Lin Yan: Origin Point
1. Responding to the destruction of the Amazon rainforest and climate emergency with works consisting of assembled cast reliefs of tree branches and trunks layered with Xuan paper, traditional Chinese hand-made paper
2. Included in internationally renowned institutions such as Deutsche Bank, National Museum of China, Beijing, and Long Museum, Shanghai among others
Helwaser Gallery is pleased to present Origin Point, a solo exhibition by Chinese-born, Brooklyn-based artist Lin Yan. Lin Yan is known for her site-specific installations, sculpture, and two dimensional works, which she produces through working with Xuan paper, a type of handmade paper traditionally used for Chinese calligraphy and ink. Within the last fifteen years, Lin Yan has worked almost exclusively with Xuan paper, approaching it as a medium in and of itself, emphasizing its materiality through crumbling, folding, layering, and casting them into various forms. Often executed without color, Lin Yan’s works locate significance in the textural and affective qualities of Xuan paper, serving as meditative and poetic statements on her chosen subjects.
In this exhibition, Lin Yan responds to the destruction of the Amazon rainforest and the broader conversation on the ongoing climate emergency through the installation Alioth (玉衡) (2019). The work consists of assembled cast reliefs of tree branches and trunks; these reliefs are made through a particular process of layering Xuan paper on the bodies of trees until they harden and fragment, and are later mended, stitched together, and re-constructed to form the installation. Attached to the ceiling, the work’s fragile, delicate appearance stands in sharp contrast to the qualities of solid groundedness usually associated with actual trees. The installation also consists of an arrangement of fine threads on the ceiling, executed in a pattern that takes after that of the Big Dipper, which the work’s namesake (the Alioth star) is part of. Reflecting the artist’s continued engagement with narratives surrounding ecological disaster, and the use of her appointed medium to address them, the work presents an awareness of two essential components of the living ecosystem – the sky and earth – and the unity between them. The fifth work in the artist’s public installation series, entitled Regeneration of Hope (希望重生) (2017- present), Alioth (玉衡) builds on the series’ contemplation of the relationship between nature, man, and the universe.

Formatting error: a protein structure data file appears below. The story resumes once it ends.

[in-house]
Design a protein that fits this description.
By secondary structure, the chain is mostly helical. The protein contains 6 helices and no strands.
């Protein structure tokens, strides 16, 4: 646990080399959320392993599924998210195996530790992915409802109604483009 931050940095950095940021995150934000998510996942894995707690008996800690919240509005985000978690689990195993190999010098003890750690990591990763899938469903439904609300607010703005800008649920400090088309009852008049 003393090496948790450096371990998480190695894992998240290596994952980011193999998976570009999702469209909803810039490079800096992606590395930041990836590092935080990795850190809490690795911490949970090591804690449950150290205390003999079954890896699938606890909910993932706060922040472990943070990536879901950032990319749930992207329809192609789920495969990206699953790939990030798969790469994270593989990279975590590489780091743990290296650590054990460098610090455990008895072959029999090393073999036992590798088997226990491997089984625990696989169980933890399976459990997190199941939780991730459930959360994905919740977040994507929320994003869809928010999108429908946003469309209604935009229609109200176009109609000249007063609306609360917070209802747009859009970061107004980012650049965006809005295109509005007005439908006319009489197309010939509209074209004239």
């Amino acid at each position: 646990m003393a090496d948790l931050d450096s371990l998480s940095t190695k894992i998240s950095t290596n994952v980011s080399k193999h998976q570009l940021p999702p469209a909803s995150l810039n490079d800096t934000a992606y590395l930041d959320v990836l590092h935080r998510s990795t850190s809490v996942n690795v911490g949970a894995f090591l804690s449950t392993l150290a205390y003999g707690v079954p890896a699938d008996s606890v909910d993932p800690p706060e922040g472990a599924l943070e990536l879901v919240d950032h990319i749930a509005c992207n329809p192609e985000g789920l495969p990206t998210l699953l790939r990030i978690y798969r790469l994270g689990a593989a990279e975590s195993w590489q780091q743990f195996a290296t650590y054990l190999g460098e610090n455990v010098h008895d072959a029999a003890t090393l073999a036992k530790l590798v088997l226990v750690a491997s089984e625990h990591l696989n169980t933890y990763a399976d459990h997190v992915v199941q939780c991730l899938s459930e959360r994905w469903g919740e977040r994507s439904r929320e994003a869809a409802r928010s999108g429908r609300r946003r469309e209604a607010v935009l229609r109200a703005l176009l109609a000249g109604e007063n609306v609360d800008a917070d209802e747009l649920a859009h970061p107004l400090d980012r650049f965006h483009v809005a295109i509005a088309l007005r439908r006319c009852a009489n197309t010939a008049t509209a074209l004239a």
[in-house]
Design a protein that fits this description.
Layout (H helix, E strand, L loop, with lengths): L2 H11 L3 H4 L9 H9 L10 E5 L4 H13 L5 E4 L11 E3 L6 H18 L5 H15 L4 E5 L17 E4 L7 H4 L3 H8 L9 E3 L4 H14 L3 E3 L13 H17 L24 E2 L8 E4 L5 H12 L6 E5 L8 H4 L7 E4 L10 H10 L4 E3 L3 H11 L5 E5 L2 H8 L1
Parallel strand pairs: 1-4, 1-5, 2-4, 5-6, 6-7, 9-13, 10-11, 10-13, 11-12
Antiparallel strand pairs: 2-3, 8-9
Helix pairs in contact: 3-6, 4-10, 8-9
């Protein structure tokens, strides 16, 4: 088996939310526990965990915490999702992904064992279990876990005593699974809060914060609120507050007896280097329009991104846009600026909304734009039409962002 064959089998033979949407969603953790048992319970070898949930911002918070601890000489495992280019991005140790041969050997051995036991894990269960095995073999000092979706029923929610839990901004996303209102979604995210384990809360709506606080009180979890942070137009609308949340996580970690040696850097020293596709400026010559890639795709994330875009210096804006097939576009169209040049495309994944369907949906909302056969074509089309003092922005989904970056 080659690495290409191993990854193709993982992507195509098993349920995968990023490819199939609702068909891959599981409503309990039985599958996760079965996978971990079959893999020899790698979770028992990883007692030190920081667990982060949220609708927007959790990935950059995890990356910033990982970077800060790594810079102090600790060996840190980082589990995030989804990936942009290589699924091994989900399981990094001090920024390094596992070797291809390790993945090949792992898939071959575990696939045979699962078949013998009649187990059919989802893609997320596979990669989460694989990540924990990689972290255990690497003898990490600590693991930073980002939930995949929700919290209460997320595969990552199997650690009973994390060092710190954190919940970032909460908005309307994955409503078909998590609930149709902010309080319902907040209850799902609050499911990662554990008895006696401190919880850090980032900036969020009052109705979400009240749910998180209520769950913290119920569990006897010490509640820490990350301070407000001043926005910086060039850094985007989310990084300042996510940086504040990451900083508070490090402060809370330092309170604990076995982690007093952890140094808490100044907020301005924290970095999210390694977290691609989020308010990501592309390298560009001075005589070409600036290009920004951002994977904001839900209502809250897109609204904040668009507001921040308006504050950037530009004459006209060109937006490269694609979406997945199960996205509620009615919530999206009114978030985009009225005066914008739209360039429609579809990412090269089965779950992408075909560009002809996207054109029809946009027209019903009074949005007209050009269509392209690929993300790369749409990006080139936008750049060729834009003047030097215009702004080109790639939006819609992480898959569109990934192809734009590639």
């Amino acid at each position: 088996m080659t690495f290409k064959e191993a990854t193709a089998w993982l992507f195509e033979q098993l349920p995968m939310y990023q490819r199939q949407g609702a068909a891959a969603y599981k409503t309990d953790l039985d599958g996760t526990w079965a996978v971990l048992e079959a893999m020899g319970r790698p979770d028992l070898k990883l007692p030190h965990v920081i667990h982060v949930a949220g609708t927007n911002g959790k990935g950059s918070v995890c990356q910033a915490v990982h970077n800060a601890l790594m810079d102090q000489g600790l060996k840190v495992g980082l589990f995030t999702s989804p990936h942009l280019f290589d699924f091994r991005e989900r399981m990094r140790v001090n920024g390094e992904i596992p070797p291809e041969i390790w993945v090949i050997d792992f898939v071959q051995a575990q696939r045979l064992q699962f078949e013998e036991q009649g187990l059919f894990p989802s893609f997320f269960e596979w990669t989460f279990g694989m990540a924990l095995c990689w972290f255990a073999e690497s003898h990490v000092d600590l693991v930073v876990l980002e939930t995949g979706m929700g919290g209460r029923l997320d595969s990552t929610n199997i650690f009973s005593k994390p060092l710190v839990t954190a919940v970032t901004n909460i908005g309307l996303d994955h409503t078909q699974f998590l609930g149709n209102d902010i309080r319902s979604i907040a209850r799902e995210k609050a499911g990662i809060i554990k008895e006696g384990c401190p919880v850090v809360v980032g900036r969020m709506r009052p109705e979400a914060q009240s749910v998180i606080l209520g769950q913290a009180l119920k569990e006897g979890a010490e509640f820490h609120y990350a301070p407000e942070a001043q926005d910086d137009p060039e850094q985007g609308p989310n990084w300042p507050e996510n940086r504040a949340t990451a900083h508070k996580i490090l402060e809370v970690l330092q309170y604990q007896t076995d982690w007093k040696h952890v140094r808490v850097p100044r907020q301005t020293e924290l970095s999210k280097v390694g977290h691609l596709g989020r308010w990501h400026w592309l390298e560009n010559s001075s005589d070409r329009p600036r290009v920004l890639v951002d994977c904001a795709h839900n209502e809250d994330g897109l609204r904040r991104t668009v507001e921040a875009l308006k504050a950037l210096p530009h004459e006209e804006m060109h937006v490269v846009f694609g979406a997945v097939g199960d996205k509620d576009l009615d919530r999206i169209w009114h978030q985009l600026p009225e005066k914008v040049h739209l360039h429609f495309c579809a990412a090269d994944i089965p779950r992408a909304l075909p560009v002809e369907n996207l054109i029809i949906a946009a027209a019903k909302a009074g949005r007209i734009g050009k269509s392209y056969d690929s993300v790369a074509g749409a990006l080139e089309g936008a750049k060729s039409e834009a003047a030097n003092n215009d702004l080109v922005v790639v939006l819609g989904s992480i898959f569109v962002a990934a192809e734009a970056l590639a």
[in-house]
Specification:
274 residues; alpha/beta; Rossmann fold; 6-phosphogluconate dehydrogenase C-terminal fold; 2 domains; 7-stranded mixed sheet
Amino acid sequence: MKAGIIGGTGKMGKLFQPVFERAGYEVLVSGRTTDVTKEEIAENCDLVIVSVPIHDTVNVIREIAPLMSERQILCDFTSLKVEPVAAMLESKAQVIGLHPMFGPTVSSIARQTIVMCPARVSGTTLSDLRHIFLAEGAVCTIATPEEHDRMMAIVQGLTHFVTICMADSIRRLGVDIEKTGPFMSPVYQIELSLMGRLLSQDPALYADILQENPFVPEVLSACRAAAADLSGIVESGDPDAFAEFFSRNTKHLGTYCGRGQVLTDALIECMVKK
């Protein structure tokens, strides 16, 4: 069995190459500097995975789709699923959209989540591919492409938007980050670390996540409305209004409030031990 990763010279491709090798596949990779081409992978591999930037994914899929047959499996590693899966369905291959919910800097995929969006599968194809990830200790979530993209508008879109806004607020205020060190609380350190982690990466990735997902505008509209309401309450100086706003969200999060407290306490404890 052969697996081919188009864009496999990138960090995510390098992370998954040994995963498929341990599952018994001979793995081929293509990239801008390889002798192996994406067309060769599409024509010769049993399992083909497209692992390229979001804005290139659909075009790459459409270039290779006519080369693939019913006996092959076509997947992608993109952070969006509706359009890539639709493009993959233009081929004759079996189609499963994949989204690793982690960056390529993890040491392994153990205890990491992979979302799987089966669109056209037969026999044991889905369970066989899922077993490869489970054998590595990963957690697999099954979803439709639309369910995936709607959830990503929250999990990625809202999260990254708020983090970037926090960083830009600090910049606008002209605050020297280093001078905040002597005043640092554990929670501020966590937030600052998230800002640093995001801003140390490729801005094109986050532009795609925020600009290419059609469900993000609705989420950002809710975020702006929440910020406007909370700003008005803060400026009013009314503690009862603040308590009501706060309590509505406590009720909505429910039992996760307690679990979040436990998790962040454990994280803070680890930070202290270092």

In Leaves are Gone #3 (落叶 #3) (2014-2019), Xuan paper was used to cast reliefs of tree bark; stained with black ink, these works resemble petrified tree trunks, forming a somber counterpoint to the formal lightness of Alioth (玉衡). Alongside these works is a series of vertical paper works, entitled Common Words (常见字) (2018), bearing the imprinted word “empire” and “pray”. These works were created from casting bricks, which the artist found within Brooklyn, onto Xuan paper, allowing the conceptual weightiness of these words to stand against the largely empty ground of each work.
Also on show are a selected series of smaller-scale works, such as Ending Game II (清场), (2018), and Between Day and Night (日夜之间 3) (2019). Alongside her engagement with environmental issues, these works provide more insight into Lin Yan’s broader practice. Through their imagery, structure, and lyricism, Lin Yan’s works point their viewers towards the relationship between man, nature, and cosmology.